Large climate impacts like sea level rise will, for many cities, require investing in large infrastructure projects. However, some cities in low-lying areas may have another solution at the ready: nature. In an ambitious collaboration between Miami-Dade County, an environmental group, and an international engineering firm, climate leaders are devising ways to deal with rising seas by restoring local habitats.
The collaboration among local governments, environmental interest groups, and the private sector seeks to identify a solution to sea level rises by restoring marshes and protecting the Everglades. By identifying the capacity for natural solutions to mitigate encroaching sea water, and supplementing this with infrastructure projects that can prevent damage to existing structures, local governments can leverage natural habitats to decrease construction costs, target mitigating efforts, and revitalize natural environments.
Such projects may be just the beginning. Mangroves, coral reefs and wetlands can all help mitigate the consequences of a changing climate, especially in low-lying areas. Mayors and city leaders must embrace these solutions, which protect their communities in a low cost, natural way. Climate solutions can work for families, cities, and our local environments. Find out what you can do in your community by visiting Path to Positive Communities!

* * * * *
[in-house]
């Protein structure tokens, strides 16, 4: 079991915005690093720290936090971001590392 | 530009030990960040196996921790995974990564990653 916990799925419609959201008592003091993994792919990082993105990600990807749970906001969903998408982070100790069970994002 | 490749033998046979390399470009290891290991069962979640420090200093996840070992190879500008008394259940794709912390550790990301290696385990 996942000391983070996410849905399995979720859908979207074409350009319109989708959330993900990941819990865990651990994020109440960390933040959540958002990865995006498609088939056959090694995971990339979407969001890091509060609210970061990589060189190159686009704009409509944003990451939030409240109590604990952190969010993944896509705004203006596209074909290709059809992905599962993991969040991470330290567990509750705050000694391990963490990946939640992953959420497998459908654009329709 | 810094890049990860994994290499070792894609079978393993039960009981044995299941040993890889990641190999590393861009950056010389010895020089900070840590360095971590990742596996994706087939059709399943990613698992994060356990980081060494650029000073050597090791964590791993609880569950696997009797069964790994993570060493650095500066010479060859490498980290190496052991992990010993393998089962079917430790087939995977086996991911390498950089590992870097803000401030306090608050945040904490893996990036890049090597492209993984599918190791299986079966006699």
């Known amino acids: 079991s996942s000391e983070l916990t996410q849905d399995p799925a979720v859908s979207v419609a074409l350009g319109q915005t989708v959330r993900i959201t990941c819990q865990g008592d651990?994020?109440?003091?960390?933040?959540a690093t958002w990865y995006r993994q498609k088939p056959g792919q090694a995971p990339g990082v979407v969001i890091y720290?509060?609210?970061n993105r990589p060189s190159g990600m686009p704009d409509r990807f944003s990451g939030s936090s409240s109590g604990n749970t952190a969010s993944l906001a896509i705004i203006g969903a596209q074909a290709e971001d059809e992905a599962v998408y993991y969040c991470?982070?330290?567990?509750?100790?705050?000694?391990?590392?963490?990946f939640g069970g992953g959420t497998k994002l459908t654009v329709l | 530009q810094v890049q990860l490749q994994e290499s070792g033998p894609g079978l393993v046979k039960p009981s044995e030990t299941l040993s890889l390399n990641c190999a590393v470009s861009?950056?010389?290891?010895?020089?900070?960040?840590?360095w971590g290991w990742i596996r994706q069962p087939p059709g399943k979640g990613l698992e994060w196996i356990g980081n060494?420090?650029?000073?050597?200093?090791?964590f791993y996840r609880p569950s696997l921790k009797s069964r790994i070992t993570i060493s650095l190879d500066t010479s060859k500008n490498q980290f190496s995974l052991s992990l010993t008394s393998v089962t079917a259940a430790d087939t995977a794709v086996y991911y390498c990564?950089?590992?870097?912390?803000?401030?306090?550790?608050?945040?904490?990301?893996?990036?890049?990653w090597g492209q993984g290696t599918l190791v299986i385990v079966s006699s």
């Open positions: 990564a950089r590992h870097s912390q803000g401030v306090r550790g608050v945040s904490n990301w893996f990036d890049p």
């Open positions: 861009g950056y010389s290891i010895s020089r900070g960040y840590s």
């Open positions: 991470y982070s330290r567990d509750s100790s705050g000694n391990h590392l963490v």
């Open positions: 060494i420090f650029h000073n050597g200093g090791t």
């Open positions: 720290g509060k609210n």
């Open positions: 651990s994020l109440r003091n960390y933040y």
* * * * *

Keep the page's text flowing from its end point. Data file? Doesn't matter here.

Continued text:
Miami-Dade turns to nature to combat sea-level rise
By Jenny Staletovich | The Miami Herald | March 29, 2016
Miami-Dade County, long criticized for being too slow to take on climate change, is teaming up with the Nature Conservancy and global engineering firm CH2M to look at the region’s natural defenses to sea rise.
On Tuesday, Chief Resilience Officer Jim Murley unveiled two pilot projects for the modeling, including the county’s sprawling wastewater treatment plant near Cutler Bay, where about $1 billion in infrastructure is already vulnerable to flooding from high tides and storms. Earlier this month, a new study found that if South Florida continues growing as projected, more of its residents will be at risk from sea rise than in any other state. The state also has the most amount of property at risk.
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